Peritoneal dialysis (PD) is a widely accepted modality in renal replacement therapy for end-stage renal disease. Management of PD catheter-associated infections is essential for the successful performance and continuation of PD therapy. To reduce infectious complications, such as exit-site and tunnel infections, of the PD catheter, Moncrief and Popovich developed a two-step implantation technique in 1993 [1]. This is a popular method of initiating the PD procedure in Japan [2]. First, during PD catheter implantation, the distal end of the catheter with the cuff is buried under the skin. Second, the distal end of the PD catheter is exteriorized on PD initiation. This method is believed to reduce complications due to infection and dialysis fluid leakage on PD initiation. When this method was used in PD patients, 10.7% of cases lacked patency on exteriorization because of a fibrin plug, kinking, or omental wrap; 1.6% developed incision-site and tunnel infections; 1.6% complained of exit-site leakage; and 0.8% experienced peritonitis [3]. Bowel perforation by the PD catheter is a serious complication that has been reported to occur in 1.3 to 1.6% of patients during PD [4].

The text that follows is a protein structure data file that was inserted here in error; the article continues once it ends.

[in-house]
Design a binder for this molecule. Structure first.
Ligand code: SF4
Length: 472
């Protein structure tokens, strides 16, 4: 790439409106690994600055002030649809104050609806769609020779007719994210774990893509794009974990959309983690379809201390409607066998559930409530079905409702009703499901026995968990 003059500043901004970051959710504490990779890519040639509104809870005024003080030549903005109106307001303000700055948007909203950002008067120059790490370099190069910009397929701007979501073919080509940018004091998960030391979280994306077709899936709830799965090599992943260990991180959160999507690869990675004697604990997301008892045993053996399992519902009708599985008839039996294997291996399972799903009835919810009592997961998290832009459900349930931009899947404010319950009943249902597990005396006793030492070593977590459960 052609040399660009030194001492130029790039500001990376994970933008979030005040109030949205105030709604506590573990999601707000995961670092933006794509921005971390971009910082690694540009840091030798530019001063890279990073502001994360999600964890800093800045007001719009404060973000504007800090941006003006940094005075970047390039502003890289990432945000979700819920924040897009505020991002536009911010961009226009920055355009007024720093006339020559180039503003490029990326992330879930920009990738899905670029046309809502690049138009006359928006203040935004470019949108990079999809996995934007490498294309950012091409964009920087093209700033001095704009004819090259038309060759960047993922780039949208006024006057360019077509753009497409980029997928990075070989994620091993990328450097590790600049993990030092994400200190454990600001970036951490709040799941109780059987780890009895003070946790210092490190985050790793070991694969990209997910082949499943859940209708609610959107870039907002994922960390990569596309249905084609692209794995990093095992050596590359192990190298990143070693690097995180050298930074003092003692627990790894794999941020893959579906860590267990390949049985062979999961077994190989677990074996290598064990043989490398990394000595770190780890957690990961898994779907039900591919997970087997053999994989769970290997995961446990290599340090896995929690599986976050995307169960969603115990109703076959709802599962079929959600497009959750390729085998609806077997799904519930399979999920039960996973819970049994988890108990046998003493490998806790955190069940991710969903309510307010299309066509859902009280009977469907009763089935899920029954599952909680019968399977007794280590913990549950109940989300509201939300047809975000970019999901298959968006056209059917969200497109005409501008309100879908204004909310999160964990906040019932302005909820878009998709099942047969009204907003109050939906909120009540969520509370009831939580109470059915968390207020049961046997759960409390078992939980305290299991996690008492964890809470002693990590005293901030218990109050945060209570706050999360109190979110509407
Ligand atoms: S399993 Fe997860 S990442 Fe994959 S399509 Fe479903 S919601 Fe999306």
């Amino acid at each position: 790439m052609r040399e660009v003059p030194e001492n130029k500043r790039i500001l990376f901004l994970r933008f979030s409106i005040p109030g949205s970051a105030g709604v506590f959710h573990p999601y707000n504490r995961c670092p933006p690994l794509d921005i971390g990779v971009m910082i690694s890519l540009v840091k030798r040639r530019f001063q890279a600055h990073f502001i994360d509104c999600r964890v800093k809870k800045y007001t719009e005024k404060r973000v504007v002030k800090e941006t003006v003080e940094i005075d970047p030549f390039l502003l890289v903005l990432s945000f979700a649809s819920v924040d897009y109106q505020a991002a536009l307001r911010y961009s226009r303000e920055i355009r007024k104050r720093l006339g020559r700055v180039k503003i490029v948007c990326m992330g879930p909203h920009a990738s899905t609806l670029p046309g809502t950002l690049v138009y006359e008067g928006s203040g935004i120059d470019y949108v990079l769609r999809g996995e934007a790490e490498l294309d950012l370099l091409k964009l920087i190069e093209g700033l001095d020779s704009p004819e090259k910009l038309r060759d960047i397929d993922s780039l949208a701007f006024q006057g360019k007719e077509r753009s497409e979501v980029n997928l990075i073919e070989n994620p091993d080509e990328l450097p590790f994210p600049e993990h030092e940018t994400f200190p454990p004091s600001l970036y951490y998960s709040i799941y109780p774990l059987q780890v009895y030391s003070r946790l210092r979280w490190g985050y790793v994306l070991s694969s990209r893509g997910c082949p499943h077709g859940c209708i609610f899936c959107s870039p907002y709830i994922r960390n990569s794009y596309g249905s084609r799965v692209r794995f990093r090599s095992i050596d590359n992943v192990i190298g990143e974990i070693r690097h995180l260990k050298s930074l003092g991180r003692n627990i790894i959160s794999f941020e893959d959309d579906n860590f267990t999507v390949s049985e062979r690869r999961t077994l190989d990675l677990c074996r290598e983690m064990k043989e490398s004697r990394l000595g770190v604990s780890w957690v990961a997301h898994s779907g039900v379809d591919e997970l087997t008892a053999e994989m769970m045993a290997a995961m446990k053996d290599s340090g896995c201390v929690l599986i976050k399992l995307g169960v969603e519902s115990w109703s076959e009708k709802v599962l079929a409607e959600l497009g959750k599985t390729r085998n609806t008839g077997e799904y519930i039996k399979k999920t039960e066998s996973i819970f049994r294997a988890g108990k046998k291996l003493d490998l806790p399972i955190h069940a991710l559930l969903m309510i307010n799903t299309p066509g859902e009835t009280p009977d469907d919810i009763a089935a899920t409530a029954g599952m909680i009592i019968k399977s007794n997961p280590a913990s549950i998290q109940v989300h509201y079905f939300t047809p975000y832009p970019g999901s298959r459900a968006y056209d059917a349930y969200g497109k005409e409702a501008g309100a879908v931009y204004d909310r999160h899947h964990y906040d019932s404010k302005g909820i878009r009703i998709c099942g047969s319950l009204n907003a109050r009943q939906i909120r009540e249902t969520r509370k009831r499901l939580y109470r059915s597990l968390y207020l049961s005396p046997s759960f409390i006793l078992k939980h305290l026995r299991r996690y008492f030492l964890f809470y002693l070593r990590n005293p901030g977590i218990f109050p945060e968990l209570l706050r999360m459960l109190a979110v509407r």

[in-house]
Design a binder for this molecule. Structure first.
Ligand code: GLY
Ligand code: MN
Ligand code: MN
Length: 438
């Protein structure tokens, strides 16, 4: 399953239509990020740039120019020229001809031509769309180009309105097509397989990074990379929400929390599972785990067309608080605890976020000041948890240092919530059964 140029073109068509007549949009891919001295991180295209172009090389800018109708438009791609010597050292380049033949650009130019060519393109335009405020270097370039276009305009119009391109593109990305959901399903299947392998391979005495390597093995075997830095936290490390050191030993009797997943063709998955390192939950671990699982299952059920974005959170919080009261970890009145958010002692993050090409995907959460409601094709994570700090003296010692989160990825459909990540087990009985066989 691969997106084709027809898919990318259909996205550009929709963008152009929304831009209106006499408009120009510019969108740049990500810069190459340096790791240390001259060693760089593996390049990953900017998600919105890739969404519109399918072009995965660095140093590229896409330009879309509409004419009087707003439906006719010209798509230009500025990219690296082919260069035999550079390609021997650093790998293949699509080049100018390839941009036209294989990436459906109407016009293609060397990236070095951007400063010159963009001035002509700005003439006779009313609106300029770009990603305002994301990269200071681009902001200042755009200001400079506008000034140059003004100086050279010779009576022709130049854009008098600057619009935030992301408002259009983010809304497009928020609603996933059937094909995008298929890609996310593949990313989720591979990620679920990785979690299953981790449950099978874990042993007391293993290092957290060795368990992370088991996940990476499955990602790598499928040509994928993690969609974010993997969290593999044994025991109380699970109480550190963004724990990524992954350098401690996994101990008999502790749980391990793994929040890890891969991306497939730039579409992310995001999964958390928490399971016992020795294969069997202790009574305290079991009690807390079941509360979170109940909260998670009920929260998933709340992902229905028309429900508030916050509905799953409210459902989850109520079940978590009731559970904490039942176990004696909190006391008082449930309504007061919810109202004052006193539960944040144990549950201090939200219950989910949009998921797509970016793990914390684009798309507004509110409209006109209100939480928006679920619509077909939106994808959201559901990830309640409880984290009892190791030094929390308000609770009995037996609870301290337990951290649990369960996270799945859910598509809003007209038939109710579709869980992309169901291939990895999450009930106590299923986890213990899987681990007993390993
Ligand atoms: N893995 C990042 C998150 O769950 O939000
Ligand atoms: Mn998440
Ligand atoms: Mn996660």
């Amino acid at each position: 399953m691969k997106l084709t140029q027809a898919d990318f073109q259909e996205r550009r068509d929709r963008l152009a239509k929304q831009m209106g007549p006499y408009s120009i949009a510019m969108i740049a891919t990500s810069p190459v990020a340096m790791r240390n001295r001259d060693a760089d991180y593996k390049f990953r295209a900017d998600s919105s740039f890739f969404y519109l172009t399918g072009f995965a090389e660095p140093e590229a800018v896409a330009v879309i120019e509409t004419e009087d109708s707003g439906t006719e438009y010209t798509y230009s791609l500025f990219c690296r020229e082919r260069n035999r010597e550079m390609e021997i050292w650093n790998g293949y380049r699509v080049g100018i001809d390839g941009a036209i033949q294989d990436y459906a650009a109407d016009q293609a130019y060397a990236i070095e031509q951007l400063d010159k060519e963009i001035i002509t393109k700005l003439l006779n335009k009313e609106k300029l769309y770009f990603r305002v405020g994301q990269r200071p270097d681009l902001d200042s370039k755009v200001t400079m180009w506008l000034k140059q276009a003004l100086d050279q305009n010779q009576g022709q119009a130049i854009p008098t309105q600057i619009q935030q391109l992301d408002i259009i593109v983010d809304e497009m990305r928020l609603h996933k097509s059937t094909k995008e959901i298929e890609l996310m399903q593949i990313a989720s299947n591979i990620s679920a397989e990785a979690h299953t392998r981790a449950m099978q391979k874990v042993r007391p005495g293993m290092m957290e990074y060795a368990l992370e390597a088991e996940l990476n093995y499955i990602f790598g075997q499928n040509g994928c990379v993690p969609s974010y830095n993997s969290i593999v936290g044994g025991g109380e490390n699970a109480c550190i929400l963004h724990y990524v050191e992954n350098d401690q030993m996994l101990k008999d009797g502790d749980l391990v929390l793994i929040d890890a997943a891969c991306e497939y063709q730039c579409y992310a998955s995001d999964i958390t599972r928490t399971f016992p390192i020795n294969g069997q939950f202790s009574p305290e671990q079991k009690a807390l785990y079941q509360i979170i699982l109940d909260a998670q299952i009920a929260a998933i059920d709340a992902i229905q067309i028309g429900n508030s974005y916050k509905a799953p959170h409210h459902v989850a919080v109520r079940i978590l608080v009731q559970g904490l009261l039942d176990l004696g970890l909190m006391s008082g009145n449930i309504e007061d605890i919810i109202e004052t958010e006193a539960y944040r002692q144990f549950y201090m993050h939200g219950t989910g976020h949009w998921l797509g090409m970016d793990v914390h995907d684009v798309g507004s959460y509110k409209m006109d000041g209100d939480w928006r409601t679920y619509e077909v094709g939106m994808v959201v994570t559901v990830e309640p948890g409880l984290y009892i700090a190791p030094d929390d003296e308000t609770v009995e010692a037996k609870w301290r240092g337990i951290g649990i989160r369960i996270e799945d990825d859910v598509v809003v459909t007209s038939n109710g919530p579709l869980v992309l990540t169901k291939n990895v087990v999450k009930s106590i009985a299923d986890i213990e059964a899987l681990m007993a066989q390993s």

Herein, we present a case of an unusual interaction between the PD catheter and the sigmoid colon through the side hole of the catheter, possibly caused by mechanical compression of the catheter implanted using the Moncrief–Popovich technique before PD initiation.

Case presentation